Christopherson: Utah High Schools Need Later Start Times

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"It shouldn’t be controversial to suggest that another half hour or so of sleep is worth sacrificing a half hour of football practice, dance rehearsals or TV time."(Courtesy Pexels)

By Nain Christopherson, Opinion Writer

 

Since starting college, I’ve gotten two to three more hours of sleep a night than I ever did in high school – and it’s not because I’m slacking off. Admittedly, high schoolers face enormous pressure to perform in school, start gaining work experience, excel at multiple extracurricular activities and sustain impressive social lives. But with a full course load, a part-time job and extracurriculars like writing for the Chronicle, I have as much on my plate now as I did then — plus the added pressures of keeping myself fed, clothed and sheltered.

I’m convinced that the key to my now-consistent eight hours of sleep is that I never have to be at school (or work) before 9 a.m., which is over an hour later than the start of my days at Jordan High School in Sandy. Utah State Rep. Suzanne Harrison and Sen. Ann Millner seem to have come to a similar conclusion. This Legislative Session, they’re sponsoring a bill to address Utah teenagers’ chronic sleep deprivation. It’s absolutely critical that it passes.

As a teenager, I rarely got more than six hours of sleep on school nights. Between the end of my last class and the time I finally got to bed, I was swamped with violin lessons and rehearsals, homework, church activities and, like many of my classmates, a job and family responsibilities. I typically had to be up by or before 6:30 a.m., and it was a challenge to stay awake through last period. As a senior, I remember falling asleep in chemistry class every day without fail, despite sitting in the front row of a well-lit classroom. Some nights I wept with exhaustion over my homework, but felt I had no choice but to sacrifice my sleep to get my assignments in on time. Looking back, I still can’t think of any way I could’ve gotten more sleep during the week without letting my grades suffer — and my school’s 7:55 a.m. start was considered late relative to the other schools in my area.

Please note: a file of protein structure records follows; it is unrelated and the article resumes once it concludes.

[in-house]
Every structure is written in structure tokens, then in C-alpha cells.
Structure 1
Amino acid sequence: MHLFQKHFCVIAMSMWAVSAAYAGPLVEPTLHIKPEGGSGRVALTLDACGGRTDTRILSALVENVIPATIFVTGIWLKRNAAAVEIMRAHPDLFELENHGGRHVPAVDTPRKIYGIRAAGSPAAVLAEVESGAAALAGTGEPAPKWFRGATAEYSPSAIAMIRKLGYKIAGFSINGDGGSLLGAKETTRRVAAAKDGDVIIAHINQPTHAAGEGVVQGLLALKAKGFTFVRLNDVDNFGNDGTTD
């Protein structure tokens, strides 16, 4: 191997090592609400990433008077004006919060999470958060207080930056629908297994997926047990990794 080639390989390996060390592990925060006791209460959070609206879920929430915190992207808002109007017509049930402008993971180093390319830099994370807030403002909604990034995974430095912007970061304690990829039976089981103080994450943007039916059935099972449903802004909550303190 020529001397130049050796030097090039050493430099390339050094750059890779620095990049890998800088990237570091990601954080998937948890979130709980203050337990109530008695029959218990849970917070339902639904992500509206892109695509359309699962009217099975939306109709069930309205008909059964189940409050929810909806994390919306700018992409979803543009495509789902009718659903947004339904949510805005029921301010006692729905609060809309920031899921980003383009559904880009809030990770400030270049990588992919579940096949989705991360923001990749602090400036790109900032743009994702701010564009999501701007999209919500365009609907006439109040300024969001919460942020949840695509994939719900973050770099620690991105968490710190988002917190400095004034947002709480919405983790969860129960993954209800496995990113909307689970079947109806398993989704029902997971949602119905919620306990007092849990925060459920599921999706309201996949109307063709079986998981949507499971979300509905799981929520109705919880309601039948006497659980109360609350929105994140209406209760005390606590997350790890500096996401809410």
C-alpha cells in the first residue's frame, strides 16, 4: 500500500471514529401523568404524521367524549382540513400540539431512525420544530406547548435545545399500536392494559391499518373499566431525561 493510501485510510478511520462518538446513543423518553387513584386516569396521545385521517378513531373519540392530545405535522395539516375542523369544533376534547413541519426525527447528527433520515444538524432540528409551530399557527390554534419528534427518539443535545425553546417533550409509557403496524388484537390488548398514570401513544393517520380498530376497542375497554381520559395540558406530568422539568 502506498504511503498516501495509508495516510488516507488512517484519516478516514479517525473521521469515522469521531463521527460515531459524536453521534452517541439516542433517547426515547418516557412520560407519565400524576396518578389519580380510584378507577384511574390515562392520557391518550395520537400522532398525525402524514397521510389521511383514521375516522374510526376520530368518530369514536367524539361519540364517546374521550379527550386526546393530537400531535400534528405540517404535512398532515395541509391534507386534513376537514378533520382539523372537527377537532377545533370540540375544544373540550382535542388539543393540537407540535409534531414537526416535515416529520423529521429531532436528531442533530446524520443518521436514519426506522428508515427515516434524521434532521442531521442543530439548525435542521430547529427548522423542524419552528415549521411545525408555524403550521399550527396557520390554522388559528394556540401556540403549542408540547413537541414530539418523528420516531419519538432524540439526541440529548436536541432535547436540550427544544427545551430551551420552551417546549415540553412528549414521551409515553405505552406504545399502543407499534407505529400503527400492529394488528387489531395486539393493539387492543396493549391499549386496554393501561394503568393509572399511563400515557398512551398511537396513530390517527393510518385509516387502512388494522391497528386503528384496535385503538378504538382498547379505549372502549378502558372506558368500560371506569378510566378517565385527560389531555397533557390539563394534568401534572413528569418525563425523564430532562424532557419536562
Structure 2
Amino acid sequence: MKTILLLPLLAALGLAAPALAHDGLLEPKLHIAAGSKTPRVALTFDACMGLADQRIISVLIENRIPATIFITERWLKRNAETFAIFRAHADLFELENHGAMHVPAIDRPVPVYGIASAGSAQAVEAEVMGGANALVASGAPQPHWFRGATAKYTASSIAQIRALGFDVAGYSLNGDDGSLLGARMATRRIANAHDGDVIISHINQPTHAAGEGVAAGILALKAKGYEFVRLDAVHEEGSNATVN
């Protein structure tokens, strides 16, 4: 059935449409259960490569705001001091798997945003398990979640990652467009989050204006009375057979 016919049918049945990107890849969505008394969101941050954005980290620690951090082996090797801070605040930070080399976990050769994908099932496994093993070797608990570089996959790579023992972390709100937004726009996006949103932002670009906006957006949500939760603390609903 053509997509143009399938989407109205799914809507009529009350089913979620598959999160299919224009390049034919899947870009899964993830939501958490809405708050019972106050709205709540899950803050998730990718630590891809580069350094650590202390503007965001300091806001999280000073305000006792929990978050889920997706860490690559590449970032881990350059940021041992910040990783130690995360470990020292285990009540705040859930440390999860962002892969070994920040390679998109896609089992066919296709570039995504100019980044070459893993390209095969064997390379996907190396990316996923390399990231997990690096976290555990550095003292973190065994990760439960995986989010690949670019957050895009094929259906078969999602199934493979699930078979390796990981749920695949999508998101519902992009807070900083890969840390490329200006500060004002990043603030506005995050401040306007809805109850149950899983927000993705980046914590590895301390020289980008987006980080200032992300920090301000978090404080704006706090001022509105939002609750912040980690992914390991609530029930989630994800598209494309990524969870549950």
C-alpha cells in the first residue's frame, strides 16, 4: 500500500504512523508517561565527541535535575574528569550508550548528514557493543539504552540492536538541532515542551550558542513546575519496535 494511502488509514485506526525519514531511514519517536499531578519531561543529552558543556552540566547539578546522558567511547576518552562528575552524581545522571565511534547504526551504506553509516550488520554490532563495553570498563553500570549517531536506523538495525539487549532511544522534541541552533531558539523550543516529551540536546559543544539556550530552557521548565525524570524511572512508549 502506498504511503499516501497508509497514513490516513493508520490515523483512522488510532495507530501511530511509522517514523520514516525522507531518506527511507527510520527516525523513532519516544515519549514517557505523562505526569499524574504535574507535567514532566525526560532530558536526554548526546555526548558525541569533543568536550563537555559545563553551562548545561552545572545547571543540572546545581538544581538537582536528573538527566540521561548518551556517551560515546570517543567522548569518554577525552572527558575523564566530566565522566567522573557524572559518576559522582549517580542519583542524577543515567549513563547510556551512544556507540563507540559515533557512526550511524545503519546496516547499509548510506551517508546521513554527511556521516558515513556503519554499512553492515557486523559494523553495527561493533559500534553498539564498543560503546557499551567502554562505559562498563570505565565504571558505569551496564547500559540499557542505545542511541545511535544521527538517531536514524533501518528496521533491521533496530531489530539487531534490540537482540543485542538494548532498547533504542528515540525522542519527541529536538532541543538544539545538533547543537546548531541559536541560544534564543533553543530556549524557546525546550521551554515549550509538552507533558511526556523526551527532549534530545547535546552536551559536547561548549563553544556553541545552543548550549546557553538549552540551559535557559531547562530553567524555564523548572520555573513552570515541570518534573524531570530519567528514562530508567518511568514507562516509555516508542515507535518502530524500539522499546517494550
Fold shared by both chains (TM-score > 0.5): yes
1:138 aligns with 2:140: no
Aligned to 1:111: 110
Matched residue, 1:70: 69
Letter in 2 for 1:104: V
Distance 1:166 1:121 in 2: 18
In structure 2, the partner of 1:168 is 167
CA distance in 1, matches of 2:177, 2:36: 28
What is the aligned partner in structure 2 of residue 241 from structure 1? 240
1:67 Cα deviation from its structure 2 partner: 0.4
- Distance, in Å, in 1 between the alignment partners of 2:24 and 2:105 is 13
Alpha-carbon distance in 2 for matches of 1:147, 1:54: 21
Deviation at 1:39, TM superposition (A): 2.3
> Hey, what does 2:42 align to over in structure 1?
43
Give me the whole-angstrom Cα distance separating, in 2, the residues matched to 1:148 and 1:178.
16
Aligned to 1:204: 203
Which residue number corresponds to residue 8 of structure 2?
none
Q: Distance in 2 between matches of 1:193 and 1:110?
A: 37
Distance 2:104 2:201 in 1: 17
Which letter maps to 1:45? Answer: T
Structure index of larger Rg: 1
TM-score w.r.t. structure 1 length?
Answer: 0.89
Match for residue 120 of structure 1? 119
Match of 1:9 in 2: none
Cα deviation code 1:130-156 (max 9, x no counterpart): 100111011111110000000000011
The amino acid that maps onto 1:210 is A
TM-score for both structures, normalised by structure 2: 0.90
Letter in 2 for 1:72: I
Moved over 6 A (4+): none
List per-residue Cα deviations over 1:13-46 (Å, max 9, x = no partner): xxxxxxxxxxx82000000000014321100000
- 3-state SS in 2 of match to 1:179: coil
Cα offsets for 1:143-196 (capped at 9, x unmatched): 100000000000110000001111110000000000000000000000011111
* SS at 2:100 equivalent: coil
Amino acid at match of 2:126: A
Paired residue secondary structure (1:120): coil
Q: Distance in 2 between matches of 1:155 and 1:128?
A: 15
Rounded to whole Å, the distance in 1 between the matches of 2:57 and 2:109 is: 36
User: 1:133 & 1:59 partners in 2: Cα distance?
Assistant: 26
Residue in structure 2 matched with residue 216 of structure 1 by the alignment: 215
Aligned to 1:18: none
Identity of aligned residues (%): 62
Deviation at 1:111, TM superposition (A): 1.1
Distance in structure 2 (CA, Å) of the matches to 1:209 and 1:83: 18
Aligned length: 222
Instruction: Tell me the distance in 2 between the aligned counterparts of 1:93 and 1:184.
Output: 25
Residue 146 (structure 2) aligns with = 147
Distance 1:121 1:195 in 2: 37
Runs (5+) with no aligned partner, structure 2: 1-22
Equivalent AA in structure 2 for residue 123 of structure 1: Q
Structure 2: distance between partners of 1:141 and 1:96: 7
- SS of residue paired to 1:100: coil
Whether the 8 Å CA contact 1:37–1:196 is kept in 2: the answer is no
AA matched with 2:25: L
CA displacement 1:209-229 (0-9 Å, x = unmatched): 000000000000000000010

The vast majority of teenagers have the same problem. HCR 3 points out “that 75.4% of U.S. high school students get fewer than eight hours of sleep and 43% get less than six hours of sleep on school nights.” Sleep experts recommend that children between 13 and 18 years old should get as many as ten hours of sleep per night.

Starting school after 8 a.m. is a known solution for this sleep deprivation epidemic. There’s evidence that later school start times do make a difference in the amount of sleep teenagers get, and don’t necessarily force them to stay up even later to compensate for their delayed wake-up times. In 2017, a Colorado school district found that pushing their high school start times to 8:20 a.m. from 7:10 a.m. yielded 48 more minutes of sleep a night among students. Here in Utah, according to the proposed resolution, “only a few high schools start the school day after 8 a.m.”

People sometimes express concern that later school start times would infringe on time for after-school sports and other extracurricular activities, but I don’t think that’s such a bad thing. It shouldn’t be controversial to suggest that another half hour or so of sleep is worth sacrificing a half hour of football practice, dance rehearsals or TV time. Delaying school by as little as 30 minutes would send a message to Utah students that we prioritize their health over everything else – and, by extension, their academic success. That alone might do as much to improve student engagement and outcomes as the increase in their alertness and motivation at school would.

Harrison’s and Millner’s bill may not require school districts to push back their high school start times, but it would nudge them in the right direction. I hope that the resolution will not only pass but that schools will take it as an opportunity to reevaluate — and hopefully change — their bell schedules in favor of student health and well-being.

 

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@nainchris